What happened

Shares of HubSpot (HUBS -1.40%), the cloud-based customer relationship management company, dropped 25.8% in March, according to data provided by S&P Global Market Intelligence. As businesses of all sizes closed due to COVID-19, investors were concerned that HubSpot's software-as-a-service company would be negatively affected as well. 

So what 

Many stocks have been pummeled over the past few weeks, leaving the S&P 500 down nearly 13% in March. But HubSpot's shares took an even sharper downward turn, likely because of the company's reliance on small- and medium-sized businesses. 

Line chart image with blue and green graphs.

Image source: Getty Images.

In the fourth quarter, reported on Feb. 12, HubSpot's sales increased 29% year over year, and full-year sales for 2019 jumped 32% compared to 2018.But with many companies closing temporarily and laying off workers, HubSpot likely won't experience the strong growth it's seen in recent quarters. The stock market has been anything but predictable over the past few weeks, and some investors appeared worried that the coronavirus crisis will hurt HubSpot's sales.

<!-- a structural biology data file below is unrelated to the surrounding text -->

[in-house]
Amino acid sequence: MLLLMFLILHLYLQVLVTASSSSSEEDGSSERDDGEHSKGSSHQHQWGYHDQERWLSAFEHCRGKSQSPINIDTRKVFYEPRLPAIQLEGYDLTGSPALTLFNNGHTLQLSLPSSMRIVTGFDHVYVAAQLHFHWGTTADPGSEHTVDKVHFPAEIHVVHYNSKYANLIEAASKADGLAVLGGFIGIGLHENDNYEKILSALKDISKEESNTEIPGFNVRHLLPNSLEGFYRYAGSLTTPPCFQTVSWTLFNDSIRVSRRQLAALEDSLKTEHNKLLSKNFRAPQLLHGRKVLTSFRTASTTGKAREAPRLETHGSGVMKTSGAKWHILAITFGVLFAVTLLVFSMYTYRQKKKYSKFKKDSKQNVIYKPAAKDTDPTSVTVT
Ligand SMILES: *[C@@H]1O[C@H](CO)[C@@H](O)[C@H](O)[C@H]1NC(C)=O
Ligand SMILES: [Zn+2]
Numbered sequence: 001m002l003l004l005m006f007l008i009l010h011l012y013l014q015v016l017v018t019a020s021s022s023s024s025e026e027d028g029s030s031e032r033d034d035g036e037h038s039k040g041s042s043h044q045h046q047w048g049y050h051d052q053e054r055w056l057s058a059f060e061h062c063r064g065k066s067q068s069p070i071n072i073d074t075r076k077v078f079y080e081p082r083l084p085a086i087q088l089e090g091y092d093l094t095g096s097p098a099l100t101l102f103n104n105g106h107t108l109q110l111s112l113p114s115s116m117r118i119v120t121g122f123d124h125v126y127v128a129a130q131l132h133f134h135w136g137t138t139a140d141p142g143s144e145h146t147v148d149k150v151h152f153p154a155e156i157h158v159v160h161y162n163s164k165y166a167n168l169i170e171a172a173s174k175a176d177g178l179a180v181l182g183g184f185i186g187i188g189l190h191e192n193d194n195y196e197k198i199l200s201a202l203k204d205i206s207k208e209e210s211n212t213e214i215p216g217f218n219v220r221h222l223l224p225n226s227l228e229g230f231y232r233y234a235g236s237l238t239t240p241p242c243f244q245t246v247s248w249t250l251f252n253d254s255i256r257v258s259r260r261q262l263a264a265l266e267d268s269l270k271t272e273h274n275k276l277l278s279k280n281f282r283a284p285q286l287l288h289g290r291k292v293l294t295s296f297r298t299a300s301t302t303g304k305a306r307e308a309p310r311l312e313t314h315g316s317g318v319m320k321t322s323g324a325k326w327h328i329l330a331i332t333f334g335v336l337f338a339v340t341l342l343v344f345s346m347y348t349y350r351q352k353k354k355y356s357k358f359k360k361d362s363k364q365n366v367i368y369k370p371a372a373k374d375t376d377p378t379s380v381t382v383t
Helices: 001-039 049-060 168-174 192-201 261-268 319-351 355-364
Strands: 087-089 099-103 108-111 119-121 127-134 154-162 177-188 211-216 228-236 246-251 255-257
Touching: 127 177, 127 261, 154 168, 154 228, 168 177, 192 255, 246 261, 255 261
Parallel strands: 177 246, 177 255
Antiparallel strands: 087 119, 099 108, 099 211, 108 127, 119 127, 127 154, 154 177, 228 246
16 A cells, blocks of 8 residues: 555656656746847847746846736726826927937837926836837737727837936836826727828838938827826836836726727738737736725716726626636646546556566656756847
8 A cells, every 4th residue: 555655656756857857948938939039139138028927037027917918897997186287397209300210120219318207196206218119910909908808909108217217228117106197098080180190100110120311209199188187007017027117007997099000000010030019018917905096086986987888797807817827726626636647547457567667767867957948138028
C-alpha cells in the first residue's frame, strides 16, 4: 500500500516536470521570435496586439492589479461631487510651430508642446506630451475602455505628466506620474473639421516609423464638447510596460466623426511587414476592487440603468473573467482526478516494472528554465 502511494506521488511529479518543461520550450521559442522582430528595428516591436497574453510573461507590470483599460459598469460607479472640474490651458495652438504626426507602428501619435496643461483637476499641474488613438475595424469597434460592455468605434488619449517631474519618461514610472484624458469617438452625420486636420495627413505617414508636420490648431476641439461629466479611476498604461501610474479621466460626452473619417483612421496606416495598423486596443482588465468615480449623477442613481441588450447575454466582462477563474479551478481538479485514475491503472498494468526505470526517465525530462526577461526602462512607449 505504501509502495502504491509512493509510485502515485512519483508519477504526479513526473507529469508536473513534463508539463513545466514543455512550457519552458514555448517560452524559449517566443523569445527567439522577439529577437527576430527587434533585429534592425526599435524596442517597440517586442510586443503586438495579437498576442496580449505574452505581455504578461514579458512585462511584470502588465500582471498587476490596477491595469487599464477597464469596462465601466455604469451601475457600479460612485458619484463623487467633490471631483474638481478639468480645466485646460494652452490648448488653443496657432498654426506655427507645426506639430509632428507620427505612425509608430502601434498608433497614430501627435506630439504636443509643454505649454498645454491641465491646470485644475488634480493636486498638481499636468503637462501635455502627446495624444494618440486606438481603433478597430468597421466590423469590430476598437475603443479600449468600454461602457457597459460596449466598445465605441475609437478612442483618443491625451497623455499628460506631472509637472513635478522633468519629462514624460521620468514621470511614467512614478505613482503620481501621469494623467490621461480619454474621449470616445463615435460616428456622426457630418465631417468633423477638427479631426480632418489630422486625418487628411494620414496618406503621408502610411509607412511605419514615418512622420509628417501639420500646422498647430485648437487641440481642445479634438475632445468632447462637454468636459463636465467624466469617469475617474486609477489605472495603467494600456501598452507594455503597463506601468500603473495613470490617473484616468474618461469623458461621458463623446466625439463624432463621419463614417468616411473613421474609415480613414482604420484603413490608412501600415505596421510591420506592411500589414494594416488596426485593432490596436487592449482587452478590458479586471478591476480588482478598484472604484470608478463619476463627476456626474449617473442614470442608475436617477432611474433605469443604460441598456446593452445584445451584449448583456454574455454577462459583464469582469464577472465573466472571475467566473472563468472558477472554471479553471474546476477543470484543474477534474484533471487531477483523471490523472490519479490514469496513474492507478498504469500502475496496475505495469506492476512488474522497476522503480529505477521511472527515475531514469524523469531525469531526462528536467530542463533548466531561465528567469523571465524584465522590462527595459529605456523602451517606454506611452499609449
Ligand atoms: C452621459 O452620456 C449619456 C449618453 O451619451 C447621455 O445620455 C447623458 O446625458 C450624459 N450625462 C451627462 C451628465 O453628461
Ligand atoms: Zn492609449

Now what

HubSpot's share price slide continued into April, and the company's stock is down about 9% as of this writing. While investors can expect more volatility from HubSpot's share price in the short term, the company's long-term prospects are still evident. 

The company grew its total number of customers by 30% over the past year, its gross margins were 82% in the fourth quarter, and HubSpot's subscription revenue increased by 33% compared to 2018. 

The next few quarters could be tough for HubSpot, and many companies, but its underlying business appears to be sound. That should leave current investors hopeful that HubSpot's long-term prospects could once again bring its share price back up when the market, and the economy, get back on track.